The Ebola Virus is a serious illness which is fatal if untreated. Ebola first appeared in 1976 in 2 simultaneous outbreaks, one in Nazra, Sudan and the other in Yambuka, Democratic Republic of Congo. The current outbreak in West Africa is the largest and most complex Ebola outbreak since the virus was first discovered. There have been more cases and deaths in this outbreak than all other combined. The most severely affected countries are Guinea, Sierra Leone and Liberia. It is said that fruit bats of the Pteropodidae family are natural Ebola virus hosts.
Ebola was introduced into the human population through close contact with the blood, secretions, organs and other bodily fluids of infected animals such as chimpanzees, gorillas, fruit bats and monkeys. Ebola then spreads through human to human transmission via direct contact, through broken skin or mucous, with blood secretions, organs or other bodily fluids of infected people. Burial ceremonies in which mourners have direct contact with the body of the deceased person can also play a role in transmitting Ebola.
People remain infectious as long as their blood and body fluids, including semen and breast milk, contain the virus. Men who have recovered from the disease can still transmit the virus through their semen for up to 7 weeks after recovery from illness. Humans are not infectious until they develop symptoms. It takes 2-21 days for the symptoms to show. First symptoms are the sudden onset of fever fatigue, muscle pain, headache and sore throat. Next is vomiting, diarrhea, rash, symptoms of impaired kidney and liver function, and in some cases, both internal and external bleeding from the gums. Some say there are no proven treatments available for Ebola.
However a range of potential treatments including blood products, immune therapies and drug therapies are being evaluated. No licensed vaccines are available yet, but 2 potential vaccines are undergoing human safety testing.
The fact that not most but all African Americans have died due to this virus and the few Caucasian that were infected by Ebola has survived does not surprise me. They were given a rare drug called ZMapp that supposedly saved their lives. That instantly set off loud protest and shouts of racism and indifference, and that American health and medical officials outright turn their back on Africans who are dying from this disease.
The wicked reality is there is no known cure for the virus once it is in your system. Stated earlier there is only ZMapp. The problem with this is that it’s still regarded an as experimental drug and is on the ground floor in use in the treatment of Ebola. The supplies of the drug globally are severely limited. The charge of racial double standard, though, can’t be separated from very real sleazy and criminal history of the huge indifference and even spiteful neglect of the health needs of African Americans.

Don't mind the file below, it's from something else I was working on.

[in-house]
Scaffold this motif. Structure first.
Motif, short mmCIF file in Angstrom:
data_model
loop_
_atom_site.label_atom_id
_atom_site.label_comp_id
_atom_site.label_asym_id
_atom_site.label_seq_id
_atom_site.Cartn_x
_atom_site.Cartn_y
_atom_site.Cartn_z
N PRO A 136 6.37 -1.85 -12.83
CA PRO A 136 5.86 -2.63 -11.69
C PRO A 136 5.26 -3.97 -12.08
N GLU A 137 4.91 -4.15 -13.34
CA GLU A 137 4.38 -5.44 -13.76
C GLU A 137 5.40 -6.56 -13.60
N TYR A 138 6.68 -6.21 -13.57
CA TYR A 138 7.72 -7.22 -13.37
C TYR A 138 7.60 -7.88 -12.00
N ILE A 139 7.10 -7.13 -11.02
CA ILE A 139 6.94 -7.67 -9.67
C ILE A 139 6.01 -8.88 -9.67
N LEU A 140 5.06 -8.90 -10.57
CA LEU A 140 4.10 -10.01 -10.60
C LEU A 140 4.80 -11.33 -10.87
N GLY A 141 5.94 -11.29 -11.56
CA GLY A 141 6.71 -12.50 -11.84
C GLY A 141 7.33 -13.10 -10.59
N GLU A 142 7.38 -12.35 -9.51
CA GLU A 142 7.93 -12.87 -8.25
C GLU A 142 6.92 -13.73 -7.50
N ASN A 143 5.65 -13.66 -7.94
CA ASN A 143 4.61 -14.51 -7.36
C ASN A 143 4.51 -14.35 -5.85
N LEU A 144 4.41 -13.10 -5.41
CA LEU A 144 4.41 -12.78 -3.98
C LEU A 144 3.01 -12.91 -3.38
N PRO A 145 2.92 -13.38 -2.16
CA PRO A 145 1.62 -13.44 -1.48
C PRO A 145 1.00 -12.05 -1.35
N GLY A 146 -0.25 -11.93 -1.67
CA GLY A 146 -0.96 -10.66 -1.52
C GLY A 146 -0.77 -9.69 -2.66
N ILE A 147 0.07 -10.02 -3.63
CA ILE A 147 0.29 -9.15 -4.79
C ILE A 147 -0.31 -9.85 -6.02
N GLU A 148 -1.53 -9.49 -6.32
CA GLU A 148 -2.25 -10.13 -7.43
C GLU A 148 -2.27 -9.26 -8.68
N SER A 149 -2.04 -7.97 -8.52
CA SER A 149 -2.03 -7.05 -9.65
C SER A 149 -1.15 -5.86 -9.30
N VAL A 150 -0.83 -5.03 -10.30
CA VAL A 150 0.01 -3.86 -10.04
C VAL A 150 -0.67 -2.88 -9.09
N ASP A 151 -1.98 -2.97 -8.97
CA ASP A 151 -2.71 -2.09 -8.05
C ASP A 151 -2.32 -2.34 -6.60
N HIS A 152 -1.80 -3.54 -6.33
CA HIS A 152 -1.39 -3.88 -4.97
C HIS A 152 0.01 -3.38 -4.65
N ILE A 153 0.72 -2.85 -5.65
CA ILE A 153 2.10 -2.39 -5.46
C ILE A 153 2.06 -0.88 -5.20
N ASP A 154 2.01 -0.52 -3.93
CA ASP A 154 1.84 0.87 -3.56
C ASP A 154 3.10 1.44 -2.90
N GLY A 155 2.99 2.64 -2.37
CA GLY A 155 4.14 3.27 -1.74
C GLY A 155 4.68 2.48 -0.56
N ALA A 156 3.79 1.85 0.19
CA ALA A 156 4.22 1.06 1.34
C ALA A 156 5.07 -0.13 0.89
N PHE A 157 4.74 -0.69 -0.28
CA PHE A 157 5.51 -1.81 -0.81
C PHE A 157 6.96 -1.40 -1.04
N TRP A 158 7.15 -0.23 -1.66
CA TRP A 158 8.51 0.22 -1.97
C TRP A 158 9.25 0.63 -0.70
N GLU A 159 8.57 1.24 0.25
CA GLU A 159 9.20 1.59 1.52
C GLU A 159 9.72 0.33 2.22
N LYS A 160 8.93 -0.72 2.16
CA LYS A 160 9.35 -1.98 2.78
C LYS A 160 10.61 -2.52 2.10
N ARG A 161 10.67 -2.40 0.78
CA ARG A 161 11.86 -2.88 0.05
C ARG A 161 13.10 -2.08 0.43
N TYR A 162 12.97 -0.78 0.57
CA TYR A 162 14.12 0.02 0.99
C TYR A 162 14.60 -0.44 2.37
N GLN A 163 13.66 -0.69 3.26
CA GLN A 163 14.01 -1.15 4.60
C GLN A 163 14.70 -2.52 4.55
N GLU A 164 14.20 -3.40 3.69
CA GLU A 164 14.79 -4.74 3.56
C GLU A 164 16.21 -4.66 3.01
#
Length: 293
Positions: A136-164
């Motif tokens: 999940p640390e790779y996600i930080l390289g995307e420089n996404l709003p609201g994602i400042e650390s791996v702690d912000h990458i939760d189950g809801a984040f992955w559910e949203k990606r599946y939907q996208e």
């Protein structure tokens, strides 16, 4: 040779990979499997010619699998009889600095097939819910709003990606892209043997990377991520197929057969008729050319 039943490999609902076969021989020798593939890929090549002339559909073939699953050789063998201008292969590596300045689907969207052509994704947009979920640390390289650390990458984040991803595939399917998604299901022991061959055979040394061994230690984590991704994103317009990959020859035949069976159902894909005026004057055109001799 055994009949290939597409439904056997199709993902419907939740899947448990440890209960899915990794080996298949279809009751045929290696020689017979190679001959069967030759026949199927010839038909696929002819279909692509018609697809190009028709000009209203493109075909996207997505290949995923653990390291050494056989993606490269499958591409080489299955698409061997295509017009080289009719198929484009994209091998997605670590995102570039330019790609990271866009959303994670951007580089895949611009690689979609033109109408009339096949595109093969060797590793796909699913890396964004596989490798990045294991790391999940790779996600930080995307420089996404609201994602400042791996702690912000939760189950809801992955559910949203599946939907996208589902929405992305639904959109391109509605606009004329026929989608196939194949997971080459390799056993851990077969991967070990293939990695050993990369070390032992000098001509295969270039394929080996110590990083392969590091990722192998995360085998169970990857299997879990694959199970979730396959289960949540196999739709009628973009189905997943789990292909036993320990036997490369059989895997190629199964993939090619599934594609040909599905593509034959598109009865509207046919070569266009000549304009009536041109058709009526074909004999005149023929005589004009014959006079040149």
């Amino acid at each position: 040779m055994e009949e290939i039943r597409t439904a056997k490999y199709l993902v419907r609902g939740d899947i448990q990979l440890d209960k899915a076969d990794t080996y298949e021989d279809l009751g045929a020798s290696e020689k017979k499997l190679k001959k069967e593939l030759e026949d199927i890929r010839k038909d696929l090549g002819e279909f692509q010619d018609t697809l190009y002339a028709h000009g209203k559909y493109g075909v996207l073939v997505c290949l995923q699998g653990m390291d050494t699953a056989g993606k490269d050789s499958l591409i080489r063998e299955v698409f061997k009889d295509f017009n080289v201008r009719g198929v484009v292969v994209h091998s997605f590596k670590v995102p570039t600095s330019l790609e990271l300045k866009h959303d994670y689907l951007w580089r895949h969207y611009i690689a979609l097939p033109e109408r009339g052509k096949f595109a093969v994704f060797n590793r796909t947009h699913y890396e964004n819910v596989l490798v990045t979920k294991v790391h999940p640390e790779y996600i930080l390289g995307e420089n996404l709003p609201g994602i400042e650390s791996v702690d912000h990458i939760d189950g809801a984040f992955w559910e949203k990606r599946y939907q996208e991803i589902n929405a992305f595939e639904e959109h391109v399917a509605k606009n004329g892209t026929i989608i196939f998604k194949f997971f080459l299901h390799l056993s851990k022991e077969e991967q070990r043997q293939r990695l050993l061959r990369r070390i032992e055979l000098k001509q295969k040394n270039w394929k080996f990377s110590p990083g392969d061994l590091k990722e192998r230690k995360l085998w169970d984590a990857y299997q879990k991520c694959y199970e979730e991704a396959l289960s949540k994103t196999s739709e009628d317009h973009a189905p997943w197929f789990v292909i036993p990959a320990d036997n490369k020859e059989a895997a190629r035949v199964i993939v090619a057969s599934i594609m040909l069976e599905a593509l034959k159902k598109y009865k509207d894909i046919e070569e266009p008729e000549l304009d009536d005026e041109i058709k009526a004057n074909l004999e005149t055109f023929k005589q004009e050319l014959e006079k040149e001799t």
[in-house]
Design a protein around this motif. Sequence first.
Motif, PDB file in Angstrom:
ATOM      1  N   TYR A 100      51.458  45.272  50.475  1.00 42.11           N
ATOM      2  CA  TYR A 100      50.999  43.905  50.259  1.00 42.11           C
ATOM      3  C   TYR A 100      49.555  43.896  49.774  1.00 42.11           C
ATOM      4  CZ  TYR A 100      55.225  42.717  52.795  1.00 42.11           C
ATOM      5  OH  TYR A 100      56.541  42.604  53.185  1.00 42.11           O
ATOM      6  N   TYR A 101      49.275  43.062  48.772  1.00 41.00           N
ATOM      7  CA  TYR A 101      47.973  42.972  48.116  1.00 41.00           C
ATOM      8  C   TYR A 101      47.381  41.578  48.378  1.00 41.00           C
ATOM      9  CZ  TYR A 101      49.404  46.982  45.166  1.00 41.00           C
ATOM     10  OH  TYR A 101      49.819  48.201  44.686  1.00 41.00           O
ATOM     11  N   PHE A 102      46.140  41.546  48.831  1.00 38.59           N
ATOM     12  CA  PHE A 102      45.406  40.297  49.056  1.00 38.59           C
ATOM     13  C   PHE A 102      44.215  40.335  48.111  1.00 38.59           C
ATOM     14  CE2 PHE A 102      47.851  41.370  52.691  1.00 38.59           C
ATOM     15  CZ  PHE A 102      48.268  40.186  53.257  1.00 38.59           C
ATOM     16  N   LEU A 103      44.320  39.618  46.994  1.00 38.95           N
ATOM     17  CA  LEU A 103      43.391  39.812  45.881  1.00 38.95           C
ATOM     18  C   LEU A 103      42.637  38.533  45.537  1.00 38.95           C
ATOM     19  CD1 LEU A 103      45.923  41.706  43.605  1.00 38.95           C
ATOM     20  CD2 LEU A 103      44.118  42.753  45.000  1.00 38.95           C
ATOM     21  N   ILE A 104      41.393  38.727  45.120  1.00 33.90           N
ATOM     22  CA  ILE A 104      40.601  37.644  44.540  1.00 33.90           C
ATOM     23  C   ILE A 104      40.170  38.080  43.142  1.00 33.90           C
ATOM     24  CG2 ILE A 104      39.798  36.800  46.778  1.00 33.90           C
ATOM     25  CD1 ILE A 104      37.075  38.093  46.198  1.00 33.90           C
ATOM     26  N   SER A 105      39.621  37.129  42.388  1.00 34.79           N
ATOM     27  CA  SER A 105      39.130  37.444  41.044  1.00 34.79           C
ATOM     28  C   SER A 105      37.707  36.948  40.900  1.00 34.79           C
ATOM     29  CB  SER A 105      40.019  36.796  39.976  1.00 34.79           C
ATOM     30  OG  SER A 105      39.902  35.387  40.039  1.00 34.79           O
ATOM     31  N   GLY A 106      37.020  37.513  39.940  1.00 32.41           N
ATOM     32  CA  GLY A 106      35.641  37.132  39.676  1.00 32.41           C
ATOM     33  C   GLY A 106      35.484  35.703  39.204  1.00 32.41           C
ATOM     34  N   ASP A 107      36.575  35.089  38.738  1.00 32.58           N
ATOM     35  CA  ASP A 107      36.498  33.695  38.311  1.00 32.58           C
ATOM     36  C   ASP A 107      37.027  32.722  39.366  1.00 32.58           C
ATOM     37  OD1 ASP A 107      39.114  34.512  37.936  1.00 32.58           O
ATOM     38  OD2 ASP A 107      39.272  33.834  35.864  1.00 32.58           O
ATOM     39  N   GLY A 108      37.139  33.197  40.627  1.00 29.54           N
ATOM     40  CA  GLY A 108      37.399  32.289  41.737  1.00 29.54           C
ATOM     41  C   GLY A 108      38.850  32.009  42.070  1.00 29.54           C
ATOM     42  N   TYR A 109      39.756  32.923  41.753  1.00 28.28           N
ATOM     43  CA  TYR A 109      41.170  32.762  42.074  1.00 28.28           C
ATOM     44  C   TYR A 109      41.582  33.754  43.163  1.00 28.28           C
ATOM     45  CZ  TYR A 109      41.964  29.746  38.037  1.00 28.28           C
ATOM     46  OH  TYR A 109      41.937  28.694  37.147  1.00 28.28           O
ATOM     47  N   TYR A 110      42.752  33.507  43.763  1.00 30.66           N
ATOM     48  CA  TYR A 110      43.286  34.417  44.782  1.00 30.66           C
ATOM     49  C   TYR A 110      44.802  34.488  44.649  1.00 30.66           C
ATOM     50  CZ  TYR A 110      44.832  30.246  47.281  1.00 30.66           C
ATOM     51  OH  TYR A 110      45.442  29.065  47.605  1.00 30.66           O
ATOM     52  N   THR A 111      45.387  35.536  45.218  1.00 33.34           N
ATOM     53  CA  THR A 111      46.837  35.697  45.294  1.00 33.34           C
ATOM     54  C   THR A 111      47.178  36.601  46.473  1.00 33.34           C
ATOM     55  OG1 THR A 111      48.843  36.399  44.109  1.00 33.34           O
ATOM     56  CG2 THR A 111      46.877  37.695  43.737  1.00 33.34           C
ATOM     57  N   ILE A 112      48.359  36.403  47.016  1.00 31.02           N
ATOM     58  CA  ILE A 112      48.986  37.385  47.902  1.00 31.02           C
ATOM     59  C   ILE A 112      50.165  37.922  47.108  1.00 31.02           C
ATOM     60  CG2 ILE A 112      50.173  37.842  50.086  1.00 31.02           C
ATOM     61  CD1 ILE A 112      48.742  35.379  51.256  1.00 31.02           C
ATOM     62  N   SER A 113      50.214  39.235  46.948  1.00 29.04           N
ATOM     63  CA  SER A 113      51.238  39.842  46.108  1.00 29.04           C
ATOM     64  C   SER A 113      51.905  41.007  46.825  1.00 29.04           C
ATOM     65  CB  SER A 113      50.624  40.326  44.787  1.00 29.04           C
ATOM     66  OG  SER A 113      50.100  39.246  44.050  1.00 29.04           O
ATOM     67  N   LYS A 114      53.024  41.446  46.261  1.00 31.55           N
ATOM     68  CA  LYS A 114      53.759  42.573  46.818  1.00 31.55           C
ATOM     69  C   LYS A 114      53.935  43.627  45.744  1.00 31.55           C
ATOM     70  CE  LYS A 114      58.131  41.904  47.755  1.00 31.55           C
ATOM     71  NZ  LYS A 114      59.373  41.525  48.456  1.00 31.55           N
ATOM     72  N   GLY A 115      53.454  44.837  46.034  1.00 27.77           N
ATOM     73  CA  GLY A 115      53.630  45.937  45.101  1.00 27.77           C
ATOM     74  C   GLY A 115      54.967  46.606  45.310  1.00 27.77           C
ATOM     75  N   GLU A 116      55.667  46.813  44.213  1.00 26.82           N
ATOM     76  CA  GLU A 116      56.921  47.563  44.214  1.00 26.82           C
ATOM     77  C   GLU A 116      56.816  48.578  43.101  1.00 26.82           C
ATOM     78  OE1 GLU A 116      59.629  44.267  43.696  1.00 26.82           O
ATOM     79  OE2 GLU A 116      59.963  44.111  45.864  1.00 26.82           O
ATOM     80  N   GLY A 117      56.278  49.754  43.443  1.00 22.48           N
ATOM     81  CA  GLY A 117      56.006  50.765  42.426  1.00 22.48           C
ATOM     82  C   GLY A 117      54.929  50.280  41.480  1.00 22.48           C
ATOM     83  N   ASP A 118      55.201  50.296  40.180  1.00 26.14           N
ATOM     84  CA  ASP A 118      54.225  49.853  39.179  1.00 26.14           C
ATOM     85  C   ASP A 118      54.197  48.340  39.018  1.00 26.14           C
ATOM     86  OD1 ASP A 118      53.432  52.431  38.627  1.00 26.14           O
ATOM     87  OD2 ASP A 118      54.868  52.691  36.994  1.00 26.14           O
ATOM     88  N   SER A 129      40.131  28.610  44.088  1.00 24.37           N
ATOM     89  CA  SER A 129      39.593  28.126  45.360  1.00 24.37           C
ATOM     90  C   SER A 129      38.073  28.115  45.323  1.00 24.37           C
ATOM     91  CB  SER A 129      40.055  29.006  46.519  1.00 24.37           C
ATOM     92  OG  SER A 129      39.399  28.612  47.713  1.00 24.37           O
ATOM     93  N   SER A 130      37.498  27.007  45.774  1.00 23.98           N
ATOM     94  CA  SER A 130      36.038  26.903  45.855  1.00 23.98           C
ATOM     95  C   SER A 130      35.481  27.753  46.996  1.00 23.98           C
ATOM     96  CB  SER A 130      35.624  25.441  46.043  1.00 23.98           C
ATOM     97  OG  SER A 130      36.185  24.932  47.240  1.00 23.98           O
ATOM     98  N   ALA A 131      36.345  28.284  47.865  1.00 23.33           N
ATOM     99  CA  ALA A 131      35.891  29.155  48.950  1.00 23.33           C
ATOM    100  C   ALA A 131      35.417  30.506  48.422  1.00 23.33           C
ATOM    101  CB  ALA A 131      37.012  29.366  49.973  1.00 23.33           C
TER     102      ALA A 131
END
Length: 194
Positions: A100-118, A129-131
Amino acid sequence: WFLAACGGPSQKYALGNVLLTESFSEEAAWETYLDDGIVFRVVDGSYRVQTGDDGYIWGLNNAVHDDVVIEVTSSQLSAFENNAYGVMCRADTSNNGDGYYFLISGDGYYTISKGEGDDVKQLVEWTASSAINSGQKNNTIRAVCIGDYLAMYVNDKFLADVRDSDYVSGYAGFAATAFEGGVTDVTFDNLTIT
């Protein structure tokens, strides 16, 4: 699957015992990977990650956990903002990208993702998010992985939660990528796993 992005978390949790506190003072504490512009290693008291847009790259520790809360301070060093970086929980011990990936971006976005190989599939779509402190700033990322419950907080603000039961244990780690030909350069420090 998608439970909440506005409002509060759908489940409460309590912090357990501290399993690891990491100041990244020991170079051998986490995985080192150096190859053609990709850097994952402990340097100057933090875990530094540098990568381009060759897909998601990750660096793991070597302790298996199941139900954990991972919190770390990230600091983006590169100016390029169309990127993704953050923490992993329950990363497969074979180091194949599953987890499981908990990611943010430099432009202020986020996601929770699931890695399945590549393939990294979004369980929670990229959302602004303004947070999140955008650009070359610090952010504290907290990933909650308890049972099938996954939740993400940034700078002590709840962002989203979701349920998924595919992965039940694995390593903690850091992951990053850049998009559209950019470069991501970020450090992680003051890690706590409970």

There is the infamous Tuskegee experiment in which black males suffering from syphilis were intentionally allowed to suffer and die for four decades with the knowing consent of the U. S. Public Health Service without and treatment. There’s still widely racially disparate availability of health care and treatment between blacks and whites here. There is cause for suspicion that when a dreaded disease like Ebola strikes and the visible face of the victims are black then the racial double standard kicks in instantly. As much as I hate to admit it, there will be more cases of Ebola that turns up in the U.S.
People will be watching closely to see how they are going to be treated and whether the victims are black or white. We should all brace ourselves for a, messy, little oversights, panic, anxiety and finger pointing as more Ebola cases pop up. We should also be prepared for Ebola to distract us from other major issues going on in the world today. I wonder if anyone will make the time or have the direct to take note of the racial diverse that makes Ebola an even sadder, scarier case, for some of us and a further testament to how little we can still matter to such an advanced society.